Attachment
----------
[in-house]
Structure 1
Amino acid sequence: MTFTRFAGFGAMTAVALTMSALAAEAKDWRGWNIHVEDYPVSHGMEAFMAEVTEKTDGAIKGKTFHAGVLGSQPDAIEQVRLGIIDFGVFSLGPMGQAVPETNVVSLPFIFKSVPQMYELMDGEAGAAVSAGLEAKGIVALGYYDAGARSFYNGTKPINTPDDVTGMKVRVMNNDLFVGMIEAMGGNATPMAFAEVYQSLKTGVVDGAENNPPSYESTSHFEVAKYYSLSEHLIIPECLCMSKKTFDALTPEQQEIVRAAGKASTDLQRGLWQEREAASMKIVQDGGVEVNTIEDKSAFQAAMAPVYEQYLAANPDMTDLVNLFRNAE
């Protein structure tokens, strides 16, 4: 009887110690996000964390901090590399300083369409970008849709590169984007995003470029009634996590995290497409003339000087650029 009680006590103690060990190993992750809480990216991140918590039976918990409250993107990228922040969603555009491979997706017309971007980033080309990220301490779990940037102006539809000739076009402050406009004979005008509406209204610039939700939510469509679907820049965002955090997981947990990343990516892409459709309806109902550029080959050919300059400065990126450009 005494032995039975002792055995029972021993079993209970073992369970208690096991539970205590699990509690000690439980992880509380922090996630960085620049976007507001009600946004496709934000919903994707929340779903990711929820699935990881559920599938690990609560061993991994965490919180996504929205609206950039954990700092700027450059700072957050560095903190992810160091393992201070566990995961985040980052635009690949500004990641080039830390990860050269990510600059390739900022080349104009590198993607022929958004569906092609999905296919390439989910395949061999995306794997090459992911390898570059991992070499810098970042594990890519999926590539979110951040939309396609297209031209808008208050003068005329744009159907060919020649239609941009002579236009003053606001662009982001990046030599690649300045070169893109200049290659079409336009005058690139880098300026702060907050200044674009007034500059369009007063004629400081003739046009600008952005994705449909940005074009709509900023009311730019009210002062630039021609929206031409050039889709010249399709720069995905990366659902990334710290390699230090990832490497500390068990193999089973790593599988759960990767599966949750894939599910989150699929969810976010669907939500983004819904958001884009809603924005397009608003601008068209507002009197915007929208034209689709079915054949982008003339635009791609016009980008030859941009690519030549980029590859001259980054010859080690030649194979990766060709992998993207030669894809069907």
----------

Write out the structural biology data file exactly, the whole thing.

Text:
[in-house]
Structure 1
Amino acid sequence: MTFTRFAGFGAMTAVALTMSALAAEAKDWRGWNIHVEDYPVSHGMEAFMAEVTEKTDGAIKGKTFHAGVLGSQPDAIEQVRLGIIDFGVFSLGPMGQAVPETNVVSLPFIFKSVPQMYELMDGEAGAAVSAGLEAKGIVALGYYDAGARSFYNGTKPINTPDDVTGMKVRVMNNDLFVGMIEAMGGNATPMAFAEVYQSLKTGVVDGAENNPPSYESTSHFEVAKYYSLSEHLIIPECLCMSKKTFDALTPEQQEIVRAAGKASTDLQRGLWQEREAASMKIVQDGGVEVNTIEDKSAFQAAMAPVYEQYLAANPDMTDLVNLFRNAE
């Protein structure tokens, strides 16, 4: 009887110690996000964390901090590399300083369409970008849709590169984007995003470029009634996590995290497409003339000087650029 009680006590103690060990190993992750809480990216991140918590039976918990409250993107990228922040969603555009491979997706017309971007980033080309990220301490779990940037102006539809000739076009402050406009004979005008509406209204610039939700939510469509679907820049965002955090997981947990990343990516892409459709309806109902550029080959050919300059400065990126450009 005494032995039975002792055995029972021993079993209970073992369970208690096991539970205590699990509690000690439980992880509380922090996630960085620049976007507001009600946004496709934000919903994707929340779903990711929820699935990881559920599938690990609560061993991994965490919180996504929205609206950039954990700092700027450059700072957050560095903190992810160091393992201070566990995961985040980052635009690949500004990641080039830390990860050269990510600059390739900022080349104009590198993607022929958004569906092609999905296919390439989910395949061999995306794997090459992911390898570059991992070499810098970042594990890519999926590539979110951040939309396609297209031209808008208050003068005329744009159907060919020649239609941009002579236009003053606001662009982001990046030599690649300045070169893109200049290659079409336009005058690139880098300026702060907050200044674009007034500059369009007063004629400081003739046009600008952005994705449909940005074009709509900023009311730019009210002062630039021609929206031409050039889709010249399709720069995905990366659902990334710290390699230090990832490497500390068990193999089973790593599988759960990767599966949750894939599910989150699929969810976010669907939500983004819904958001884009809603924005397009608003601008068209507002009197915007929208034209689709079915054949982008003339635009791609016009980008030859941009690519030549980029590859001259980054010859080690030649194979990766060709992998993207030669894809069907």